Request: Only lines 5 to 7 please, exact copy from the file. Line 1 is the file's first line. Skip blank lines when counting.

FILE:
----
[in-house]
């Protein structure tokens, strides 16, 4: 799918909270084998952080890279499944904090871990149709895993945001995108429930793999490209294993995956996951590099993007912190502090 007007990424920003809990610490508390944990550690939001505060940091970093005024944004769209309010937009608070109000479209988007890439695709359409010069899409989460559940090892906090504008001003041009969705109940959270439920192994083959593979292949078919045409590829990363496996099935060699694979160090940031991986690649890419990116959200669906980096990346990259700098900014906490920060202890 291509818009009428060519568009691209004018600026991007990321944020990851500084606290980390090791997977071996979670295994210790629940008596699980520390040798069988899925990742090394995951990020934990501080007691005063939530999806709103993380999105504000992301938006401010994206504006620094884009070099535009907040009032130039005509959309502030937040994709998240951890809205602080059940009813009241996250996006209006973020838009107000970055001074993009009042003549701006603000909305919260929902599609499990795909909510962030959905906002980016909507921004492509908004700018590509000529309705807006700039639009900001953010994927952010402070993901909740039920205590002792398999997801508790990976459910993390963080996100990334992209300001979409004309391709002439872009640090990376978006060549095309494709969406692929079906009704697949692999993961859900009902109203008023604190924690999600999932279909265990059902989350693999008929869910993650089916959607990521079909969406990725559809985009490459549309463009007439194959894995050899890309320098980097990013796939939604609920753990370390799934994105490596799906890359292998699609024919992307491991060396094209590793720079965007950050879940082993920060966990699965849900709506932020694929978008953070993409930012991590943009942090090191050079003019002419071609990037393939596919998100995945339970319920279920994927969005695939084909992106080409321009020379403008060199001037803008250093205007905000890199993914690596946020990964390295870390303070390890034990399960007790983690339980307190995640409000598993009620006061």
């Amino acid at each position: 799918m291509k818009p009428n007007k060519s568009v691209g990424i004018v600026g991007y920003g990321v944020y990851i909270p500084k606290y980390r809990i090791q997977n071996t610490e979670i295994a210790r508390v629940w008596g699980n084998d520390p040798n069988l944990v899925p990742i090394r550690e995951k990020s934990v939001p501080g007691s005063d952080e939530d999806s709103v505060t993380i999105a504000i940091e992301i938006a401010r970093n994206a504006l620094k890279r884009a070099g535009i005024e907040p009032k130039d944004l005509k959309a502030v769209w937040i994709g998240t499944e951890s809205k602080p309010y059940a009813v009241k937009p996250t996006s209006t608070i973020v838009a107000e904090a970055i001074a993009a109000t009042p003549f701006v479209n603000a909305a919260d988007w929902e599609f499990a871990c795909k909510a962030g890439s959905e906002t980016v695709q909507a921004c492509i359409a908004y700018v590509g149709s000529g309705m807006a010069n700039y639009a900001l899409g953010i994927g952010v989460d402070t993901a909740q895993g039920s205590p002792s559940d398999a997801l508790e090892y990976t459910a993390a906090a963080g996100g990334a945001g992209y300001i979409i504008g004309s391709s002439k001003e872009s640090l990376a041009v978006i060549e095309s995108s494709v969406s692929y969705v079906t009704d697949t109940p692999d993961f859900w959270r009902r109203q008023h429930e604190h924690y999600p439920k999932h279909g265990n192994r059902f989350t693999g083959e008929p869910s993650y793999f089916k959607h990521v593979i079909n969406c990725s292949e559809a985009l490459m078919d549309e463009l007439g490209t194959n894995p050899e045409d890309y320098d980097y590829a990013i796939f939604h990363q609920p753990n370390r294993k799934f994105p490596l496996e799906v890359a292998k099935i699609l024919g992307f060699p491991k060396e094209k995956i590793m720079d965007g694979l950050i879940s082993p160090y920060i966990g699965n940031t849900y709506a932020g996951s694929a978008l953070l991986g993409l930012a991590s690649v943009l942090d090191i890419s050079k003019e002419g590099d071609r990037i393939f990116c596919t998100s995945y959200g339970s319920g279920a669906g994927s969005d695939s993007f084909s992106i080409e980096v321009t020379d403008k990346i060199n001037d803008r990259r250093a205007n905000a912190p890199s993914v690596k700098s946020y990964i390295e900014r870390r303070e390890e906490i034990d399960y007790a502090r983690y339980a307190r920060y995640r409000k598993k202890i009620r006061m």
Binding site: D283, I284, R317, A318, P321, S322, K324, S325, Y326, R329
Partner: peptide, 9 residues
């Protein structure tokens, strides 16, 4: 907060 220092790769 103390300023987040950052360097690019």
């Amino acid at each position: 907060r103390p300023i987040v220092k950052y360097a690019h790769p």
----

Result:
Partner: peptide, 9 residues
């Protein structure tokens, strides 16, 4: 907060 220092790769 103390300023987040950052360097690019």
């Amino acid at each position: 907060r103390p300023i987040v220092k950052y360097a690019h790769p």